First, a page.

Before setting up ETF proficiency standards and rules, says Atkinson, “most dealers are likely waiting for guidelines to finalize,” and for technological developments to be completed. As such, he predicts MFDA firms likely won’t move to educate advisors and revamp back-office systems until the end of 2015 at the earliest.

“I think what will happen with most MFDA reps is they’ll be advising their clients on which ETFs to use, but their firms will do most of the execution of the trades,” he adds.

Impact on the industry

Looking ahead, one question remains: do MFDA advisors even want to sell ETFs as a way to bridge the gap between themselves and IIROC reps?

Edwin Pavey, regional director and CFP at Investors Group in Barrie, Ont., doesn’t think so. He points out that only a small number of MFDA advisors are becoming IIROC-licensed so they can sell ETFs. So, if MFDA advisors could offer the funds, he predicts most wouldn’t right away.

“There’s nothing wrong with ETFs being a part of your portfolio, but they’re not for everyone,” says Pavey. “I’ve never been a big fan of ETFs because, even though I get the idea of passive investing, the funds are always going to underperform the market. Not all managed products beat the market, but they have the potential.”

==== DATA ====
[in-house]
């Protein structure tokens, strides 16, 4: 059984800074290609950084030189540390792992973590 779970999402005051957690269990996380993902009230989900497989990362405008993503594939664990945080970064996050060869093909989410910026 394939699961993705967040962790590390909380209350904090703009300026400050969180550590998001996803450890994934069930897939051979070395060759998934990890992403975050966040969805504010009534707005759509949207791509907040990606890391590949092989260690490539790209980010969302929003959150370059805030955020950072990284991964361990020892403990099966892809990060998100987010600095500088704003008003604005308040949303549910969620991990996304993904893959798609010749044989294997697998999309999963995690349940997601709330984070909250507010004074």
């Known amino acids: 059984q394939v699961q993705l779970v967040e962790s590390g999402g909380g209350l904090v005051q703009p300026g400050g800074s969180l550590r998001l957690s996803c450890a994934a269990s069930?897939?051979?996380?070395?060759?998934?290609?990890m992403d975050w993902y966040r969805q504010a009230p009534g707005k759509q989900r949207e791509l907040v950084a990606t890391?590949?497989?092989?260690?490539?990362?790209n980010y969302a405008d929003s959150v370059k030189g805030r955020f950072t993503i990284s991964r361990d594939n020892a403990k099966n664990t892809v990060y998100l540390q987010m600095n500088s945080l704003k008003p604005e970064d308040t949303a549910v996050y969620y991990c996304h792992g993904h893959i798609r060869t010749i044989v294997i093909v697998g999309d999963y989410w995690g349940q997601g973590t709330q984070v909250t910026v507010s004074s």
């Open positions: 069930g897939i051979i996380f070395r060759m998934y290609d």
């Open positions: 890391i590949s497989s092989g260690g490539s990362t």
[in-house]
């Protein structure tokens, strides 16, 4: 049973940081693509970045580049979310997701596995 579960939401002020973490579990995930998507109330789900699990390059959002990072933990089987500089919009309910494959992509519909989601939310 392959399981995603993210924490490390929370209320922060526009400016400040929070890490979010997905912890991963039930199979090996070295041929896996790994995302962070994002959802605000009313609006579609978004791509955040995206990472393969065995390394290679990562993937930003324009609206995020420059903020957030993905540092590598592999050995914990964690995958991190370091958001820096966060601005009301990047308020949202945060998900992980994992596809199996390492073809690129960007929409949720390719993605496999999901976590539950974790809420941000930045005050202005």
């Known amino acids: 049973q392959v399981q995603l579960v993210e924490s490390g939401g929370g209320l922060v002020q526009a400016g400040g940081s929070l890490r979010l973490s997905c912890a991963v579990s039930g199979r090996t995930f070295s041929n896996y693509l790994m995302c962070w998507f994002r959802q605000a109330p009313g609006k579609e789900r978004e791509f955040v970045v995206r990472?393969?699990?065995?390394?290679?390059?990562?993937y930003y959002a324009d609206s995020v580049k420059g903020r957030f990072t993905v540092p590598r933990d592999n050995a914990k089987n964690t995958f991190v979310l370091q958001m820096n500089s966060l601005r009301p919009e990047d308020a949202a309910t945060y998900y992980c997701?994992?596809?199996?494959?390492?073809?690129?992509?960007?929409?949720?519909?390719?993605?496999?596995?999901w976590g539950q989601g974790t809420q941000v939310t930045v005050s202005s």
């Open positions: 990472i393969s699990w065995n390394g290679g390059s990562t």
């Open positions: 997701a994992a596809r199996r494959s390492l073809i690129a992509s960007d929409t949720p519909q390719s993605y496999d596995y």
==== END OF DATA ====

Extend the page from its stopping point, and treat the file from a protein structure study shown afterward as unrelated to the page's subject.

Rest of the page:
Another issue is whether clients of MFDA advisors even want to invest in ETFs.

Snigdha Malik, an independent, MFDA-licensed advisor, says, “I’ve only had three or four clients ask about ETFs, and they usually focus on their low cost. Right now, I have to say I don’t have the capability to sell them, but my firm is working on offering them by summer 2016. When that happens, I will find out what I can offer and keep doing research. If there are opportunities for clients to get better returns, I will use some ETFs.”